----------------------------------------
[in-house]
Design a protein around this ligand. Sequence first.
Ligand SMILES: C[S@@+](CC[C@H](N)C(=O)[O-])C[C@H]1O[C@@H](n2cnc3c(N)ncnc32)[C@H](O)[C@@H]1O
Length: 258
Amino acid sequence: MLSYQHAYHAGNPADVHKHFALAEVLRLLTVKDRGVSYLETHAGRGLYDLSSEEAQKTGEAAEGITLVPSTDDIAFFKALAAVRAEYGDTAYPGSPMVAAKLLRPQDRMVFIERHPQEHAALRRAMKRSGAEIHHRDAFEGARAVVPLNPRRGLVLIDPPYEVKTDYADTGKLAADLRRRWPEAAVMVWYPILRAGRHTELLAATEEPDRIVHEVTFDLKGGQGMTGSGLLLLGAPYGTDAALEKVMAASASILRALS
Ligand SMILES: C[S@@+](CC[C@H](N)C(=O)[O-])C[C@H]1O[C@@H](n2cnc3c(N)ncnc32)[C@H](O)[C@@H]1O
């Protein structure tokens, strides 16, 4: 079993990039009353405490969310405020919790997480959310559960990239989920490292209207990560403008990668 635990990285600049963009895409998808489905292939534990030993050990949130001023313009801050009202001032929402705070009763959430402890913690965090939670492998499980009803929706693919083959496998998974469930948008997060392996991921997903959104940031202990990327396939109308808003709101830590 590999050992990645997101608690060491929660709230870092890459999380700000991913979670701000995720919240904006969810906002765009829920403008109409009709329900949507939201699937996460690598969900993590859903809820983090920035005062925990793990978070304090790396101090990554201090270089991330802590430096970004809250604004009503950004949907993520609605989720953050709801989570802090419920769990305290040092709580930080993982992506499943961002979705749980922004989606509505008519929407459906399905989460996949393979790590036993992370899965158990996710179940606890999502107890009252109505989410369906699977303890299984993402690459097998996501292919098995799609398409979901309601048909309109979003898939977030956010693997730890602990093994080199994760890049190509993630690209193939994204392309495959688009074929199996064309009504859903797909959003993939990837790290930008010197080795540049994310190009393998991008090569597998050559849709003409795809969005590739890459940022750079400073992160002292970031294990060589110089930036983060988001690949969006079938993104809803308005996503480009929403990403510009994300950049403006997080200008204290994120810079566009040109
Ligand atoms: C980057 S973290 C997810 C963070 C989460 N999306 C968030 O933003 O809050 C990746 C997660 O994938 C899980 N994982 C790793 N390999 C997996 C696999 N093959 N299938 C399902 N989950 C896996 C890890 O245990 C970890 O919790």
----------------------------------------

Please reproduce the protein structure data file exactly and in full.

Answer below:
[in-house]
Design a protein around this ligand. Sequence first.
Ligand SMILES: C[S@@+](CC[C@H](N)C(=O)[O-])C[C@H]1O[C@@H](n2cnc3c(N)ncnc32)[C@H](O)[C@@H]1O
Length: 258
Amino acid sequence: MLSYQHAYHAGNPADVHKHFALAEVLRLLTVKDRGVSYLETHAGRGLYDLSSEEAQKTGEAAEGITLVPSTDDIAFFKALAAVRAEYGDTAYPGSPMVAAKLLRPQDRMVFIERHPQEHAALRRAMKRSGAEIHHRDAFEGARAVVPLNPRRGLVLIDPPYEVKTDYADTGKLAADLRRRWPEAAVMVWYPILRAGRHTELLAATEEPDRIVHEVTFDLKGGQGMTGSGLLLLGAPYGTDAALEKVMAASASILRALS
Ligand SMILES: C[S@@+](CC[C@H](N)C(=O)[O-])C[C@H]1O[C@@H](n2cnc3c(N)ncnc32)[C@H](O)[C@@H]1O
């Protein structure tokens, strides 16, 4: 079993990039009353405490969310405020919790997480959310559960990239989920490292209207990560403008990668 635990990285600049963009895409998808489905292939534990030993050990949130001023313009801050009202001032929402705070009763959430402890913690965090939670492998499980009803929706693919083959496998998974469930948008997060392996991921997903959104940031202990990327396939109308808003709101830590 590999050992990645997101608690060491929660709230870092890459999380700000991913979670701000995720919240904006969810906002765009829920403008109409009709329900949507939201699937996460690598969900993590859903809820983090920035005062925990793990978070304090790396101090990554201090270089991330802590430096970004809250604004009503950004949907993520609605989720953050709801989570802090419920769990305290040092709580930080993982992506499943961002979705749980922004989606509505008519929407459906399905989460996949393979790590036993992370899965158990996710179940606890999502107890009252109505989410369906699977303890299984993402690459097998996501292919098995799609398409979901309601048909309109979003898939977030956010693997730890602990093994080199994760890049190509993630690209193939994204392309495959688009074929199996064309009504859903797909959003993939990837790290930008010197080795540049994310190009393998991008090569597998050559849709003409795809969005590739890459940022750079400073992160002292970031294990060589110089930036983060988001690949969006079938993104809803308005996503480009929403990403510009994300950049403006997080200008204290994120810079566009040109
Ligand atoms: C980057 S973290 C997810 C963070 C989460 N999306 C968030 O933003 O809050 C990746 C997660 O994938 C899980 N994982 C790793 N390999 C997996 C696999 N093959 N299938 C399902 N989950 C896996 C890890 O245990 C970890 O919790």